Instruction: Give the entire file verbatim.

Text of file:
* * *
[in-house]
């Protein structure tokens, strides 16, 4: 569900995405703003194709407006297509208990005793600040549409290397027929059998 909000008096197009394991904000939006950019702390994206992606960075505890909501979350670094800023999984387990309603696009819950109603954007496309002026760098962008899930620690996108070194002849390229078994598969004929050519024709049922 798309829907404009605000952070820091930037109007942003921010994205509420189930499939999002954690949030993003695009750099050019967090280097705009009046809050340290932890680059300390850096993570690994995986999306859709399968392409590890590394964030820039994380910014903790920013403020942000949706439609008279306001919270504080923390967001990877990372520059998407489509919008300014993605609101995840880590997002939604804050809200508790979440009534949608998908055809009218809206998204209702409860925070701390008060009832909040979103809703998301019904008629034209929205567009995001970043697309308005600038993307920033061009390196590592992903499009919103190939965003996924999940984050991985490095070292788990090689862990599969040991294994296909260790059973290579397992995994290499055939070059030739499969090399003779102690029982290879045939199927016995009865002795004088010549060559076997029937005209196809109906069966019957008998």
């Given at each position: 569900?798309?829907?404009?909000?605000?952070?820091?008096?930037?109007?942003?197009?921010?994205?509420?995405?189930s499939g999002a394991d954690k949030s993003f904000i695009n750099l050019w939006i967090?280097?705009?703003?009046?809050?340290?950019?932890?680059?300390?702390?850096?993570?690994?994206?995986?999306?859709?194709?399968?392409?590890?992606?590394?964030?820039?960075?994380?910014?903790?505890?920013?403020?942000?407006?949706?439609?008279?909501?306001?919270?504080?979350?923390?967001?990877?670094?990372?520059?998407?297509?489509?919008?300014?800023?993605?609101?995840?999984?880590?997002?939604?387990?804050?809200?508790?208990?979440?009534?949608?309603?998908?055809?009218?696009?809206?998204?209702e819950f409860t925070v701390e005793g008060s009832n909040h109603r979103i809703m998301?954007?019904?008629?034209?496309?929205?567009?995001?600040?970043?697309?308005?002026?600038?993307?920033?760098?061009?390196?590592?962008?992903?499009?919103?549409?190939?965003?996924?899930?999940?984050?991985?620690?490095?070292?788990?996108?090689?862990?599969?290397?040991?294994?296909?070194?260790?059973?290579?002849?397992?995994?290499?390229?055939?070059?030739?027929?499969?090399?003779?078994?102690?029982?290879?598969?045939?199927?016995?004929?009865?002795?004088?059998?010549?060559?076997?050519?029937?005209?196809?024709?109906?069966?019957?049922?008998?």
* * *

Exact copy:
[in-house]
């Protein structure tokens, strides 16, 4: 569900995405703003194709407006297509208990005793600040549409290397027929059998 909000008096197009394991904000939006950019702390994206992606960075505890909501979350670094800023999984387990309603696009819950109603954007496309002026760098962008899930620690996108070194002849390229078994598969004929050519024709049922 798309829907404009605000952070820091930037109007942003921010994205509420189930499939999002954690949030993003695009750099050019967090280097705009009046809050340290932890680059300390850096993570690994995986999306859709399968392409590890590394964030820039994380910014903790920013403020942000949706439609008279306001919270504080923390967001990877990372520059998407489509919008300014993605609101995840880590997002939604804050809200508790979440009534949608998908055809009218809206998204209702409860925070701390008060009832909040979103809703998301019904008629034209929205567009995001970043697309308005600038993307920033061009390196590592992903499009919103190939965003996924999940984050991985490095070292788990090689862990599969040991294994296909260790059973290579397992995994290499055939070059030739499969090399003779102690029982290879045939199927016995009865002795004088010549060559076997029937005209196809109906069966019957008998």
């Given at each position: 569900?798309?829907?404009?909000?605000?952070?820091?008096?930037?109007?942003?197009?921010?994205?509420?995405?189930s499939g999002a394991d954690k949030s993003f904000i695009n750099l050019w939006i967090?280097?705009?703003?009046?809050?340290?950019?932890?680059?300390?702390?850096?993570?690994?994206?995986?999306?859709?194709?399968?392409?590890?992606?590394?964030?820039?960075?994380?910014?903790?505890?920013?403020?942000?407006?949706?439609?008279?909501?306001?919270?504080?979350?923390?967001?990877?670094?990372?520059?998407?297509?489509?919008?300014?800023?993605?609101?995840?999984?880590?997002?939604?387990?804050?809200?508790?208990?979440?009534?949608?309603?998908?055809?009218?696009?809206?998204?209702e819950f409860t925070v701390e005793g008060s009832n909040h109603r979103i809703m998301?954007?019904?008629?034209?496309?929205?567009?995001?600040?970043?697309?308005?002026?600038?993307?920033?760098?061009?390196?590592?962008?992903?499009?919103?549409?190939?965003?996924?899930?999940?984050?991985?620690?490095?070292?788990?996108?090689?862990?599969?290397?040991?294994?296909?070194?260790?059973?290579?002849?397992?995994?290499?390229?055939?070059?030739?027929?499969?090399?003779?078994?102690?029982?290879?598969?045939?199927?016995?004929?009865?002795?004088?059998?010549?060559?076997?050519?029937?005209?196809?024709?109906?069966?019957?049922?008998?």